Spring is just around the corner!
There are so many wonderful places to explore in spring, I can't list them all. Ok, that isn't exactly right as we have 180+ places on the Watchable Wildlife web site; however I am including the best of the best in spring in Tennessee. See the region of the state where you live or where you are visiting for many more places to explore on the "Where to Watch" page.
White Lake Refuge (Dyer Co.) is a wonderful place for seeing wading birds, shorebirds, and forest birds in spring. Now (April through June) is an excellent time to visit. There is a hiking path through the woods to a boardwalk that needs some repairs, but the trip is worth it!
Eagle Lake Refuge (Shelby Co.) has a viewing platform built using Watchable Wildlife Endowment Funds from license plate sales and individual contributions (thank you!) and overlooks the floodplain of the Mississippi River. This area can support a variety of shorebirds and waterfowl in spring.
Tigrett WMA (Dyer Co.) has a couple nice access points into the bottomland forests. There is lake access at a boardwalk/trail that was destroyed in the flood of May 2010, which we are hoping to repair. The trail is accessible from the north and south side of the river. You may see Bald Eagles, wading birds, and a wide variety of forest birds, including migrating warblers.
Shelby Farms (Shelby Co.) is probably the best place to visit in spring in the Memphis area. A series of trails and roads through a variety of habitats can produce just about any bird species found in Tennessee under the rigth conditions. Family friendly access as well makes this place a wonderful site for a family outing.
Big Hill Pond State Park (McNairy Co.) is a less well known site, but this park has a lot of hiking trails through mixed woodlands that can be excellent hiking and birding in spring. Check the lake for an Osprey or Bald Eagle!
Bark Camp Barrens WMA (Coffee Co.) is a great place to see and hear Henslow's Sparrows. This bird is an uncommon breeding bird in the state and is only found nesting in a handful of locations and counties in Tennessee. You will also find Dickcissels, Eastern Meadowlark, and plenty of Field Sparrows.
Cheatham WMA (Cheatham Co.) is a 14,000+ acre forested area with a variety of forest types and conditions. This is a phenomenal place to look for warblers and other migrating songbirds in spring. Some Cerulean Warblers still breed here, which may be the last concentration of breeding Ceruleans in middle Tennessee. At dusk, Whip-poor-wills can be heard singing all around the management area.
Bells Bend Park (Davidson Co.) is an 800 acre area of mixed forest and grasslands. Henslow's Sparrows are found nesting here, in addition probably the largest population of Northern Bobwhite left in the county! Trails loop around and throughout the park. Definitely worth checking out this spring!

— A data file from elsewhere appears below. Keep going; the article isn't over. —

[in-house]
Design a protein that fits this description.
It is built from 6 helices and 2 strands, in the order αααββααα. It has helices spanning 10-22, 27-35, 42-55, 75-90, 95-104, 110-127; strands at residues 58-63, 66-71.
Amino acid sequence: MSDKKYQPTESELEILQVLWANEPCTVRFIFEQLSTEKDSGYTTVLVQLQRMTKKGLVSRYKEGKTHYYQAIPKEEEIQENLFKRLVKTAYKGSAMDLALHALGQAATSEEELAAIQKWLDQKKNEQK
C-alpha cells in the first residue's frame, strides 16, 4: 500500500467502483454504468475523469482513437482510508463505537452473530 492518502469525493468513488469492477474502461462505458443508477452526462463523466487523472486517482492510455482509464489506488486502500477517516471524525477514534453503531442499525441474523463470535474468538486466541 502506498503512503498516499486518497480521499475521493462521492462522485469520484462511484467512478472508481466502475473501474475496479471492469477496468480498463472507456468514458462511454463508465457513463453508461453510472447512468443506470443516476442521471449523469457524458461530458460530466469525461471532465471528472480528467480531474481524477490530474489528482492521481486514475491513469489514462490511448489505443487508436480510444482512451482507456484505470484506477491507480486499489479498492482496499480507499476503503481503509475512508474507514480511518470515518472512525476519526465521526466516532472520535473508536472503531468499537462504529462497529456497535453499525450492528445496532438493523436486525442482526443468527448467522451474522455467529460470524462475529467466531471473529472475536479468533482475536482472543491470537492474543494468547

Radnor Lake State Park (Davidson Co.) is the premier birding place in spring in the Nashville area. This may be the best place to find rare warblers and flycatchers, but the common migrants can be quite common in spring. There are weekly bird walks led by members of the Nashville chapter of the Tennessee Ornithological Society. Find out about the weekly walks here and on Facebook.
Long Hunter State Park (Davidson Co.) is has miles of trails, several access points to Percy Priest Lake, and lots of wonderful wildlife and wildflowers to see. Trails walk you through cedar glades, mature hardwood forests, and lake shore. The Friends of Long Hunter State Park lead regular walks in spring, so check them out on Facebook.
Forks of the River WMA (Knox Co.) is a WMA, but it also has a paved greenway that travels along the river and through the woods. A wide variety of wildlife can be seen from the trails throughout spring.
Bridgestone-Firestone Centennial Wilderness (White and Van Buren Co.) is a large tract of primarily forested land. There are scores of miles of trails through hardwood forests, some overlooking gorges and leading to waterfalls. The area is fairly remote and is a nice quiet place to hike and view wildlife.
Kyker Bottoms Refuge (Blount Co.) is a fairly small, but excellent place for birds and other wildlife in spring. There are a couple access points to the area and viewing areas and trails to explore. There is a mix of open grasslands and shrubs and some mixed forest.
Standifer Gap Marsh (Hamilton Co.) is a privately owned marsh/wetland, but is open to the public. The marsh supports breeding Virginia Rails and Least Bitterns, but also more commonly seen birds like Red-winged Blackbirds, Indigo Buntings, and a variety of other waterbirds.
Frozen Head State Park (Morgan Co.) is one of the best hikes in spring in Tennessee. Miles of trails travel up and over the mountains, with a firetower at the top of one mountain that provides one of the best views of the countryside. In spring, Cerulean Warblers are abundant and a hike can lead to the discovery of over 20 species of warbler, plus ruffed grouse (if you're lucky!).
Roan Mountain State Park (Carter Co.) reaches one of the highest points in east Tennessee, and definitely provides one of the best views of the southern Appalachian Mountains. Detailed directions on the site page provide the visitor with excellent information on where and when to find a lot of local breeding birds found scarcely (if at all) in the rest of the state!!